The Gin is Flow’n
We love Gin in our house. And admittedly, Ryan and I skipped a few pages weeks ago in search of new ways to enjoy our Gin No.6 blend. But Spring has sprung here in Las Vegas and while that brings lovely flowers, it sucks for seasonally allergies 🙁 With that, I had been tardy keeping up with the cocktail book this week and hope to catch up over the next couple days.
Page three of Mr. Boston’s 1935 edition welcomes in Gin with five Junipery drinks! First on the list is the Alabama Fizz. This cocktail is still in it’s original form in the 64th edition I have.
One of the largest cocktails to date, the Alabama Fizz is 1-1/2 ounces of Gin to 5-1/2 ounces of lemon juice and soda water. I expected this Fizz recipe to have egg whites like the Ramo’s but was surprised to see that it didn’t. After crafting this drink I understood the ‘Fizz’ in the name but was a little confused where Alabama came from until I realized the mint garnish must have been the monikers inspiration.
While quite lovely and refreshing to drink, the Alabama Fizz was a little boring. I thought that the 5 ounces of soda water was too much and diluted the Gin and lemon juice more than necessary. As a fan of Southside and French 75 cocktails, the soda water killed the magic of lemon juice, mint and Gin.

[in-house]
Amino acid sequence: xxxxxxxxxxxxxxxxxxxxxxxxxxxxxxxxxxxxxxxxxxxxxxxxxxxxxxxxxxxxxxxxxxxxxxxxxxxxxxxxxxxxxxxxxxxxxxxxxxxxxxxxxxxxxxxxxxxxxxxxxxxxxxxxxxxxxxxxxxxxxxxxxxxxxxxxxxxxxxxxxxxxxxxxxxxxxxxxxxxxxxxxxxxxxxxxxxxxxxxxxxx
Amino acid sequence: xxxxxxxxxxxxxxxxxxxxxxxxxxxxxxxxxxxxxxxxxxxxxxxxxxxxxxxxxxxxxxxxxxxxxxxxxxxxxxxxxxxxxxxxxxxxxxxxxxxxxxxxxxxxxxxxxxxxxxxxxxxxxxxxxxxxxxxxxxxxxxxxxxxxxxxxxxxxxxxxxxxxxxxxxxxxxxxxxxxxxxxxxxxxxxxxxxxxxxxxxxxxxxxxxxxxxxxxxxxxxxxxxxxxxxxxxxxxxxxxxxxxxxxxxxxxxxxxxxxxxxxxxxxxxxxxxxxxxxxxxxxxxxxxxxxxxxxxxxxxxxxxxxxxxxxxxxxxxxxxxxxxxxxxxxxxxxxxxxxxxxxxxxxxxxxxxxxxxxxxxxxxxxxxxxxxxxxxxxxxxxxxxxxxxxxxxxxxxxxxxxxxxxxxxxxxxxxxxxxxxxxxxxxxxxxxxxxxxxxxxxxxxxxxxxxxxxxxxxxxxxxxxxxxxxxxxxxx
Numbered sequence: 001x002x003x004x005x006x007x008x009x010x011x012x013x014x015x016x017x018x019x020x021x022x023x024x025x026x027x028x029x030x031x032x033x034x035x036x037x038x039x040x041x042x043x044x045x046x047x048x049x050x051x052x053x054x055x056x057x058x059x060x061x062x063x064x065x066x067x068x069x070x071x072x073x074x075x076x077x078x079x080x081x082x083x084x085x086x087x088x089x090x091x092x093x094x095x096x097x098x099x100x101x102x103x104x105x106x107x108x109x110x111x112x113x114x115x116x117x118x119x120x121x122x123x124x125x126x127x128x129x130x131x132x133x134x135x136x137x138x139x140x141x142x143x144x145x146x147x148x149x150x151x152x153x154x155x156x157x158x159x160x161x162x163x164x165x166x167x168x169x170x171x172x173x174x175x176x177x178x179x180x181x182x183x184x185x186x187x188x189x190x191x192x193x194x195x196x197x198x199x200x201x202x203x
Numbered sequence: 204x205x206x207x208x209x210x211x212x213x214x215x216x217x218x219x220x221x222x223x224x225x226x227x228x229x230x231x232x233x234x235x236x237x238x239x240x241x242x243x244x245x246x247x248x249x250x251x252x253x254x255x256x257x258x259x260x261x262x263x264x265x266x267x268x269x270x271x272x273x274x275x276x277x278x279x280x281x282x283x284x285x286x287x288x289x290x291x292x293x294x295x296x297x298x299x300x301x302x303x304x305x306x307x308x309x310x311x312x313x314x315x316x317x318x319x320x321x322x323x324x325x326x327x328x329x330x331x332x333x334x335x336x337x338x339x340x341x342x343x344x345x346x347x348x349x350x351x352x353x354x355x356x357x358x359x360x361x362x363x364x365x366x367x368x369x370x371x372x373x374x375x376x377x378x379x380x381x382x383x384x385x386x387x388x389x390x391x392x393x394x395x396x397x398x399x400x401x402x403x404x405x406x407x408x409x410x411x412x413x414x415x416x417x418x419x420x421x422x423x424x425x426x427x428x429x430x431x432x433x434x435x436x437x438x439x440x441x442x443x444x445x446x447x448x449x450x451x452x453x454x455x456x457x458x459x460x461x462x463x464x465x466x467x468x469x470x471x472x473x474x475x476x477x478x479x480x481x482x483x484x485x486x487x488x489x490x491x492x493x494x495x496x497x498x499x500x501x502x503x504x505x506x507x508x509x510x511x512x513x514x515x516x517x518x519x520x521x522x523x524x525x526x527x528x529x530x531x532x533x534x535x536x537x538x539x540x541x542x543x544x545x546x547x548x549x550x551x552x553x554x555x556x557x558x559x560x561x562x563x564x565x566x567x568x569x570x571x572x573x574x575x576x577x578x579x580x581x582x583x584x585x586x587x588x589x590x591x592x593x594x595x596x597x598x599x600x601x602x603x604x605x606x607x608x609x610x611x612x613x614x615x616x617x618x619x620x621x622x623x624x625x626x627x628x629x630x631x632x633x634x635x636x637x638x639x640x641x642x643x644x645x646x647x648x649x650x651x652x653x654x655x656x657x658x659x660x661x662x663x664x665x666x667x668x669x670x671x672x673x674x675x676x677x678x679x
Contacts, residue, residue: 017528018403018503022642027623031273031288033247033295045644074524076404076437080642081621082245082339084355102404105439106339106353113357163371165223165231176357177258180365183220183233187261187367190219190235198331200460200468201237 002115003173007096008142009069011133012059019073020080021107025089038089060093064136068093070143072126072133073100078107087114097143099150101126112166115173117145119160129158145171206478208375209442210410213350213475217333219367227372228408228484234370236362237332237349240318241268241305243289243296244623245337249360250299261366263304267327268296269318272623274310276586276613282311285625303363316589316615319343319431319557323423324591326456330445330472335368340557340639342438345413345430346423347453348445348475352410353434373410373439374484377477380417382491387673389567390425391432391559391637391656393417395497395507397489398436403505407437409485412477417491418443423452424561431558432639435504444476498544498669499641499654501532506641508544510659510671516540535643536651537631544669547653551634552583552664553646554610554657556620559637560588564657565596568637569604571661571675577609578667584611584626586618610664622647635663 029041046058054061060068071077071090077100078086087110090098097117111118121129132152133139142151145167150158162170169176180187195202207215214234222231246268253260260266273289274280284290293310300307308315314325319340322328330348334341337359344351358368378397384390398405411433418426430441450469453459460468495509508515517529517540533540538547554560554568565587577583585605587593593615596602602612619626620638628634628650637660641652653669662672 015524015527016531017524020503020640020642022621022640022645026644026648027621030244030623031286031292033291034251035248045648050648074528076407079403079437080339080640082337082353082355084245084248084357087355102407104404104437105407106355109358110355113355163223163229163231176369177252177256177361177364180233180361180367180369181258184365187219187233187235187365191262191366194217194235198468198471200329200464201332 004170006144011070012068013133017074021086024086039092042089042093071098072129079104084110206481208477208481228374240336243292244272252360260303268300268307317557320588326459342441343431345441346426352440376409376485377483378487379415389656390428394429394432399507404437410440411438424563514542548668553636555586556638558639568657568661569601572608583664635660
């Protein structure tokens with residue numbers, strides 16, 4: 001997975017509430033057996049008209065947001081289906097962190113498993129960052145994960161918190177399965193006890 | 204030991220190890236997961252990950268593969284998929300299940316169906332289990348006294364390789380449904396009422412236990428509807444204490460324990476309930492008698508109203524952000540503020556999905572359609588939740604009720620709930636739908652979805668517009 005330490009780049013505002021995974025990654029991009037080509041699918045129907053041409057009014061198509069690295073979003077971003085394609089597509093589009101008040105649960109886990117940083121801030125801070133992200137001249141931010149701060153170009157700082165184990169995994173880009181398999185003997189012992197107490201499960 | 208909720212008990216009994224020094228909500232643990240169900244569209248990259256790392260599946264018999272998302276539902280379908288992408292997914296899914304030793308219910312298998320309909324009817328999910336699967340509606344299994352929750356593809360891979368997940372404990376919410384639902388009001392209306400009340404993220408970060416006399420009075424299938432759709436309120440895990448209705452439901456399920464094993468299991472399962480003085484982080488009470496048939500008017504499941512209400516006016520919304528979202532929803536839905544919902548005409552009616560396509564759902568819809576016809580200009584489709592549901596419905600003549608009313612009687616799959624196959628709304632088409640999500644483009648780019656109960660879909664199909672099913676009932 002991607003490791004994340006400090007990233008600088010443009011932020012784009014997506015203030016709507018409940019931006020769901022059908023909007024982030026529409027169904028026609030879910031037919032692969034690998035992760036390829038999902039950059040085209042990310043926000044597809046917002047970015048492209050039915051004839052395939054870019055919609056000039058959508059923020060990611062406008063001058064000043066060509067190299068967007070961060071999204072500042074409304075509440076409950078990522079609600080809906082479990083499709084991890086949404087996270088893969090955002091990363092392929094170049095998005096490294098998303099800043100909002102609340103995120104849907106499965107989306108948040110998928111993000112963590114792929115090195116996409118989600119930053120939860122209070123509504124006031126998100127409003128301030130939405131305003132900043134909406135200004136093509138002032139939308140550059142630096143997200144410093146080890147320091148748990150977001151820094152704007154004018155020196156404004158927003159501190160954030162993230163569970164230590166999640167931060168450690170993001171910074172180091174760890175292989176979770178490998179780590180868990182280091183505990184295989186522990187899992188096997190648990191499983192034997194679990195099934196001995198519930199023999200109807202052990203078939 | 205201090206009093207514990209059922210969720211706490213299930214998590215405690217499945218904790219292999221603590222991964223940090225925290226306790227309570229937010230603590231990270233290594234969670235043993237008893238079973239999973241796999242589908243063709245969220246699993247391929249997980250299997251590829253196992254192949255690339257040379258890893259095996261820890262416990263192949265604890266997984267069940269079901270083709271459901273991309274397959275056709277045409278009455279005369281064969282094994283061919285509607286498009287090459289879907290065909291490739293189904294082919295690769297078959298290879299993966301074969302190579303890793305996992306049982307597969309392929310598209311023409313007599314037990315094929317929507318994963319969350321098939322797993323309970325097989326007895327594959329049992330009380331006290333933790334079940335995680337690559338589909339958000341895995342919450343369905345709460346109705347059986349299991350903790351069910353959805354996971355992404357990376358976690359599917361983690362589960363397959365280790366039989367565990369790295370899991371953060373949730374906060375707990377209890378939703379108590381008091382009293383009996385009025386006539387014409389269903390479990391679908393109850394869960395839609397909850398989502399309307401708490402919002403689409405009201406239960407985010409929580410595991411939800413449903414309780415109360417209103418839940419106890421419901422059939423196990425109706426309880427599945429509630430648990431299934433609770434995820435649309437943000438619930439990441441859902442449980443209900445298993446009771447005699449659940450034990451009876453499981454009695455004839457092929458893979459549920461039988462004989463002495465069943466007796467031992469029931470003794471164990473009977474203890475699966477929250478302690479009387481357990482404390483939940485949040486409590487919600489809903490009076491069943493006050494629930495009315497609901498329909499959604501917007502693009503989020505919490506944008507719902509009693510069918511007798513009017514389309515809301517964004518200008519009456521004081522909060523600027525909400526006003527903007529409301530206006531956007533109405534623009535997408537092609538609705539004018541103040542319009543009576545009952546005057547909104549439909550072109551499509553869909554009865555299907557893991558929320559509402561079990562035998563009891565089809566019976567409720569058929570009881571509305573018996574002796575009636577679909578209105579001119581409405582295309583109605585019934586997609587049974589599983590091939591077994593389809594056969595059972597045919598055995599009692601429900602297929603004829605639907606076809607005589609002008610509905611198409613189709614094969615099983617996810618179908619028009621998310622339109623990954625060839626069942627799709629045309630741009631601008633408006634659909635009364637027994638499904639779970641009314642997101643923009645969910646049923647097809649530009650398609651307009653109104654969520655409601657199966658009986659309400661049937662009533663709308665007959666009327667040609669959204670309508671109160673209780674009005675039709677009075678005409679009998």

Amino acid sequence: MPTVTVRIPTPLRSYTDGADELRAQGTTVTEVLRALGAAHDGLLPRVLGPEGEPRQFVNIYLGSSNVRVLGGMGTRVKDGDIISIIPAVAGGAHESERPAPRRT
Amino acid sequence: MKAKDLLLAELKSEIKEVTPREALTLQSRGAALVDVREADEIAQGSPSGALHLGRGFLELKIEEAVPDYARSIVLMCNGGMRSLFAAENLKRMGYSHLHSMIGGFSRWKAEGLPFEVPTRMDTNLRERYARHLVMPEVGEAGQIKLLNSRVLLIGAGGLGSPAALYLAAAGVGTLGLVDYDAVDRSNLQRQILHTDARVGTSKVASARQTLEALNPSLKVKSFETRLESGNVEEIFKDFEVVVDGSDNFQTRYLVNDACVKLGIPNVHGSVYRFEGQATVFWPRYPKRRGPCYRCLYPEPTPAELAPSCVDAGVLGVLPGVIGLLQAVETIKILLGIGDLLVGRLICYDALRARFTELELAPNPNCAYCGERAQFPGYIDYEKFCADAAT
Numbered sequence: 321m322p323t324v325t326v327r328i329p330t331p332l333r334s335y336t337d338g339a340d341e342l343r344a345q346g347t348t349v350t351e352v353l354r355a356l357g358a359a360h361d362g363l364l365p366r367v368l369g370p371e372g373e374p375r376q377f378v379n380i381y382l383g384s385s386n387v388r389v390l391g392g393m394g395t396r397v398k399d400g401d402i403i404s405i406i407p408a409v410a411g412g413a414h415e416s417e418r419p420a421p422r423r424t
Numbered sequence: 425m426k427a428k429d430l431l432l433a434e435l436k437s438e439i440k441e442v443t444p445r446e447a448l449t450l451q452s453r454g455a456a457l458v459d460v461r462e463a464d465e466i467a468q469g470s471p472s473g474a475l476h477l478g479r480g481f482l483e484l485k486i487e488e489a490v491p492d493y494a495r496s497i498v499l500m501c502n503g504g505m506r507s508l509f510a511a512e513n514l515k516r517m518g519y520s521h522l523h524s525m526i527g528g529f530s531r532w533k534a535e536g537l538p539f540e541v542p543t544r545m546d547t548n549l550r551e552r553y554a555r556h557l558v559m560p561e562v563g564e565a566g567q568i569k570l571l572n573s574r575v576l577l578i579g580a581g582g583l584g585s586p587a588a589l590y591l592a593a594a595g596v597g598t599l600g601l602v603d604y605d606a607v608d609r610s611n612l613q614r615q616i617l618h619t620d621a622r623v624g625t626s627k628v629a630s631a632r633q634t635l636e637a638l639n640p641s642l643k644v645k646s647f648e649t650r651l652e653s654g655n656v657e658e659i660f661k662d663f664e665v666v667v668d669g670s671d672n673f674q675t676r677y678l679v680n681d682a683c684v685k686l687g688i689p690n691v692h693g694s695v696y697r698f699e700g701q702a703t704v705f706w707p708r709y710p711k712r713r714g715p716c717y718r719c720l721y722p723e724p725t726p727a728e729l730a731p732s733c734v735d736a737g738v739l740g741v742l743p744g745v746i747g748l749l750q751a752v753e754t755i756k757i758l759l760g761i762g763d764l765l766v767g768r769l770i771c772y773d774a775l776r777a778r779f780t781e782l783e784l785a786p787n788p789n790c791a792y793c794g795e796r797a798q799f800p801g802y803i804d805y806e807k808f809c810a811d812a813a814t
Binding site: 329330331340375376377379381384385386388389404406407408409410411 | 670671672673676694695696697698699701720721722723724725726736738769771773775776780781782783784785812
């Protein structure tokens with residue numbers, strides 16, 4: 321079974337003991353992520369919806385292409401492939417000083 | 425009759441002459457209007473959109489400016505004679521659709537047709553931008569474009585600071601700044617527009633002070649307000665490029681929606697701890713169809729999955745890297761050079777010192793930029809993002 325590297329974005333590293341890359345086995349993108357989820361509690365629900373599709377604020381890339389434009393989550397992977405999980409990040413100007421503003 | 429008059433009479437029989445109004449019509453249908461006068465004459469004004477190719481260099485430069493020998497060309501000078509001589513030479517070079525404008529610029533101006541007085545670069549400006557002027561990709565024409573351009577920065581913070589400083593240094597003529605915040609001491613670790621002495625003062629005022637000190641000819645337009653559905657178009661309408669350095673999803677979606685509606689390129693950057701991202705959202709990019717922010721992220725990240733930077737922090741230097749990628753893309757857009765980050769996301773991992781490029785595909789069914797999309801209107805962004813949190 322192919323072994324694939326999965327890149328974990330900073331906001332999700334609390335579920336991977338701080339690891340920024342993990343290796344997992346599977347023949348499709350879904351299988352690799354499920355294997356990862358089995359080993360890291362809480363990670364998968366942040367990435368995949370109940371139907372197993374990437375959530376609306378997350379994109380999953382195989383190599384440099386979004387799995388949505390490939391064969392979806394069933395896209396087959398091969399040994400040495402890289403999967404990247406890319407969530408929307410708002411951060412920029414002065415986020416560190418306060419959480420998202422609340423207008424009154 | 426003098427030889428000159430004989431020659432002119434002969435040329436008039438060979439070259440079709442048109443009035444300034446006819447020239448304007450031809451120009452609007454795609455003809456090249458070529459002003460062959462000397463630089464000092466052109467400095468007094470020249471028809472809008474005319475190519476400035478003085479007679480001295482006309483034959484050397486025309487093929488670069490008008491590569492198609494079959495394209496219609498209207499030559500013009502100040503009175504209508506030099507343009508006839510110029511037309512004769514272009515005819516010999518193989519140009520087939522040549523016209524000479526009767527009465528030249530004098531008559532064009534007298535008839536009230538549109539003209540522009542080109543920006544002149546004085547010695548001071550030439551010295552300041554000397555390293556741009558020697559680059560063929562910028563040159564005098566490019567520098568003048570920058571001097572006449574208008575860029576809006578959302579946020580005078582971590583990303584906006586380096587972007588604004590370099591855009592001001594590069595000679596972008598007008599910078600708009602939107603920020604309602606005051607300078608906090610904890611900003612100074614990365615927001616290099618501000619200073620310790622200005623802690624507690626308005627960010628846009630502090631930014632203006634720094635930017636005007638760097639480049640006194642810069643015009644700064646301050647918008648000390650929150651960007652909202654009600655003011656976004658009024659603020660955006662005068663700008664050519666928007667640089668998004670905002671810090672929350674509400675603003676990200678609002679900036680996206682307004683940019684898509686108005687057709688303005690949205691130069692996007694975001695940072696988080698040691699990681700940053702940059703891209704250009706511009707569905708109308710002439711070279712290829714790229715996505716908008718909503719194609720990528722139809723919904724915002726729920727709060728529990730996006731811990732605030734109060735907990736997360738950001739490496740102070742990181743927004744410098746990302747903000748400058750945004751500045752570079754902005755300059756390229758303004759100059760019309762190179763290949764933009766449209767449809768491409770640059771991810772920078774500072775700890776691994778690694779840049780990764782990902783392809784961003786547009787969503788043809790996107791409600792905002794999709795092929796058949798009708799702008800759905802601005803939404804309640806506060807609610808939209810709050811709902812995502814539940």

To test my theory, I mixed up a modified version of the Alabama Fizz this evening to see if I enjoyed it more.
Instead of the called for powdered sugar, I opted for 2 teaspoons of granulated organic sugar and rather than garnish the drink with mint, I muddled 5 leaves with the sugar. I stirred in the juice of 1/2 of a lemon until all of the sugar granules had dissolved. Next went in the Gin. I kept this part the same, 1 jigger. I shook the mixture over ice and strained it into a smaller stemmed glass than the 7 ounce called for. Finally, I added 3 ounces of sparkling water, lightly stirred and garnished the drink with a sprig of mint.
As suspected, I liked this ratio of ingredients much better. The sparkling water added a slight fizz and toned down the acidity of the lemon juice while not watering down the Gin. This is a refreshing Spring afternoon drink with a final ABV of 15%. If you like Gin, you should definitely give this a go. I put the recipe up here if you’d like to check it out.
Up next is the Alaska Cocktail. In addition to Gin, this drink calls for an ingredient we haven’t purchased just yet, Yellow Chartreuse.
While we have a pretty eclectic bar thus far, we haven’t brought ourselves to plunk down $56 on a bottle of Yellow Chartreuse. Why you ask? Well, years ago we purchased an airline size bottle of the Green Chartreuse to give a go and as with some other liqueurs, it just wasn’t our cup of tea. So when the Yellow came up in the book, neither Ryan or I were overjoyed with needing to by it. With that, we’re hoping to make our way down to California in the weeks to come in search of a trial size bottle first. So, the Alaska Cocktail will have to wait for now. Stay tuned….